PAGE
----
This is getting out of control. I'm going down there. And at that point, Mark set up from his couch, both of his phones in his hand. He had his glasses on still. He walked out with Pat. He put both of this phones on my desk and said, let me know if Jim calls. And they walked out and went down to the dining room. [End videotape]
LIZ CHENEY: A few minutes later, Representative Jordan called back. [Begin videotape]
CASSIDY HUTCHINSON: A couple minutes later, so likely around between 2:15. 2:25 — I know the tweet went out at 2:24. I don't remember if I was there when the tweet went out or if it happened right afterwards, but Jim had called. I answered the phone, said, one second. He knew it was — I guess he knew it was — and I introduced myself, but I — I don't remember if he called my cell phone or if he had called one of Mark's. But I answered the phone and said, one sec, Mark's on the hall.
CASSIDY HUTCHINSON: I'm going to go hand the phone to him and he said, Ok. So I went down. I asked the valet if Mark was in the dining room. The valet said, yes. I opened the door — The dining room, briefly stepped in to get Mark's attention. I showed him the phone, like flipped the phone his way so he could see it said Jim Jordan. He had stepped to where I was standing there holding the door open, took the phone, talking to Jim with the door still propped open, so I took a few steps back.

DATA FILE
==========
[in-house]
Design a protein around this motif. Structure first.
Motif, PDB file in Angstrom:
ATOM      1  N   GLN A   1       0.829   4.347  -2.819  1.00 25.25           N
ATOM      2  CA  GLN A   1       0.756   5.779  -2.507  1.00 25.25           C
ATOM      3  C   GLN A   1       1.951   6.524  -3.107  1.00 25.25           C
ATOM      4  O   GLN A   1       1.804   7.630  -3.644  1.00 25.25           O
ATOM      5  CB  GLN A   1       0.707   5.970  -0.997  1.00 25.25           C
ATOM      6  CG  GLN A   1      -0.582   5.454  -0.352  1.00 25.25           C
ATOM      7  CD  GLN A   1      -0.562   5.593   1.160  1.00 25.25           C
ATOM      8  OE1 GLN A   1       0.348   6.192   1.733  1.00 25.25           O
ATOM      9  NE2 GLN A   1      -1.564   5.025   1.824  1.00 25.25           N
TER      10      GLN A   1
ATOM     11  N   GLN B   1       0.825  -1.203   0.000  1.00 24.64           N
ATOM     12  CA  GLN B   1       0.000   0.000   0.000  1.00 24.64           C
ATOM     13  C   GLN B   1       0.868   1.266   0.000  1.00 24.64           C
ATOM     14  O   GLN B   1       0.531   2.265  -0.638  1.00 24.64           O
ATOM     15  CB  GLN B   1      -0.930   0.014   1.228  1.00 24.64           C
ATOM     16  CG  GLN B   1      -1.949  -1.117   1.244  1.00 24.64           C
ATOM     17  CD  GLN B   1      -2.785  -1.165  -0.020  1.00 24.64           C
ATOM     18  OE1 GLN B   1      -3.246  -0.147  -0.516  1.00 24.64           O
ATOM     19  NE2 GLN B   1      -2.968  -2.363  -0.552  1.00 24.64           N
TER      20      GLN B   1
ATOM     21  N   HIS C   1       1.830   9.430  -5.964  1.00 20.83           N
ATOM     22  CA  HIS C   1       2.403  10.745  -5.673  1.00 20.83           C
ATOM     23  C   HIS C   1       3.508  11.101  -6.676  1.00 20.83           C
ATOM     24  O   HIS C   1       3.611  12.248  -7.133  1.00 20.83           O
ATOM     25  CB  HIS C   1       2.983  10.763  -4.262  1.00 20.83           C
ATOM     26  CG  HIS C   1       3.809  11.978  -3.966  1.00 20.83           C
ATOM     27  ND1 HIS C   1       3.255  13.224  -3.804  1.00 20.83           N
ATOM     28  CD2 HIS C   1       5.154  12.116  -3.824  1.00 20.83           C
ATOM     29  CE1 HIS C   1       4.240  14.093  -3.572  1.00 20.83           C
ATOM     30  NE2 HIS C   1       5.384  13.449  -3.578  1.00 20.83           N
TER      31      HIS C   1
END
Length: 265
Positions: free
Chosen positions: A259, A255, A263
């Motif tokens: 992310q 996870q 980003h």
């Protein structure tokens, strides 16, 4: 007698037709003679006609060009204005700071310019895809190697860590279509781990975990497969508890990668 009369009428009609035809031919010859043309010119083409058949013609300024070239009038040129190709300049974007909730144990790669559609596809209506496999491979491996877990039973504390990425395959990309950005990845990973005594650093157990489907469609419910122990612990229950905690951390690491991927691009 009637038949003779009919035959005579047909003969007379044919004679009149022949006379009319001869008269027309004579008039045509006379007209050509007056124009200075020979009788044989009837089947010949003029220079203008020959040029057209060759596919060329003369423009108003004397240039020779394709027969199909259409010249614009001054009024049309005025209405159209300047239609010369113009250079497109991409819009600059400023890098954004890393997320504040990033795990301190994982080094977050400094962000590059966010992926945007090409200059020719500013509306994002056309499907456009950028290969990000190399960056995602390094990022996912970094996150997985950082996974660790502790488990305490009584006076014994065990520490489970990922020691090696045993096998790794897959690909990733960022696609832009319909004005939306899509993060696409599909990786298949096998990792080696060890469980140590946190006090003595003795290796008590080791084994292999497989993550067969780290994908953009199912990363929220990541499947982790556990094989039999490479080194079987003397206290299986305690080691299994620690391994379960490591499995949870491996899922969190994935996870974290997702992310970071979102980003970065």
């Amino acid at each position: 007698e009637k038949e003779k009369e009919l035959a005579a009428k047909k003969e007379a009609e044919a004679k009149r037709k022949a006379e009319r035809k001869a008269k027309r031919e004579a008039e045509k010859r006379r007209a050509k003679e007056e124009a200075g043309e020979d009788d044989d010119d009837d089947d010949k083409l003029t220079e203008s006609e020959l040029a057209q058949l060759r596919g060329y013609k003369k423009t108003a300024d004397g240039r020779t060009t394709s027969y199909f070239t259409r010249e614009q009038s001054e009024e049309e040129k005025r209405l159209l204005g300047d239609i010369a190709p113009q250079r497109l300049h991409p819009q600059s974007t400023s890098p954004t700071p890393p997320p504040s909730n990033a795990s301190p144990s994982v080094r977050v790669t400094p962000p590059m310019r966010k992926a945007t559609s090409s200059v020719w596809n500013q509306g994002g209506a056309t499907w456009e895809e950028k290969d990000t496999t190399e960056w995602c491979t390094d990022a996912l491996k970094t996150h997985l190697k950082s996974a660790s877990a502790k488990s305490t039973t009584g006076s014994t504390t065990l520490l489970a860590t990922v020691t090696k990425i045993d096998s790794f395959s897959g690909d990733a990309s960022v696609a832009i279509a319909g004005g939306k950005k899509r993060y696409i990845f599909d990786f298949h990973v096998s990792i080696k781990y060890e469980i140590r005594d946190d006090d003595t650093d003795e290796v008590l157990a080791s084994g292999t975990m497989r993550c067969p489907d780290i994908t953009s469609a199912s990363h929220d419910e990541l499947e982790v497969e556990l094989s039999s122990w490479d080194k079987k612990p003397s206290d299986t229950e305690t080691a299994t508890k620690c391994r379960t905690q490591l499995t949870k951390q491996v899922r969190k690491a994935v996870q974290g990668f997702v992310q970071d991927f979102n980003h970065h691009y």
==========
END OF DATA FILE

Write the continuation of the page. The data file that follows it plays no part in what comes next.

So, I probably was two feet from Mark. He was standing in the doorway going into the Oval Office dining room. They had a brief conversation. And in the crossfires — you know, I heard briefly, like, what they were talking about, but in the background I had heard conversations in the Oval Dining Room with the — at that point talking about the hang Mike Pence chants. [End videotape]
LIZ CHENEY: That clip ended, Ms. Hutchinson, with you recalling that you heard the president, Mr. Meadows, and the White House counsel discussing the hang Mike Pence chants, and then you described for us what happened next. [Begin videotape]
CASSIDY HUTCHINSON: It wasn't until Mark hung up the phone, handed it back to me. I went back to my desk a couple of minutes later. Him and Pat came back, possibly Eric Herschmann too. I'm pretty sure Eric Herschmann was there, but I'm — I'm confident it was Pat that was there. I remember Pat saying something to the effect of, Mark, we need to do something more.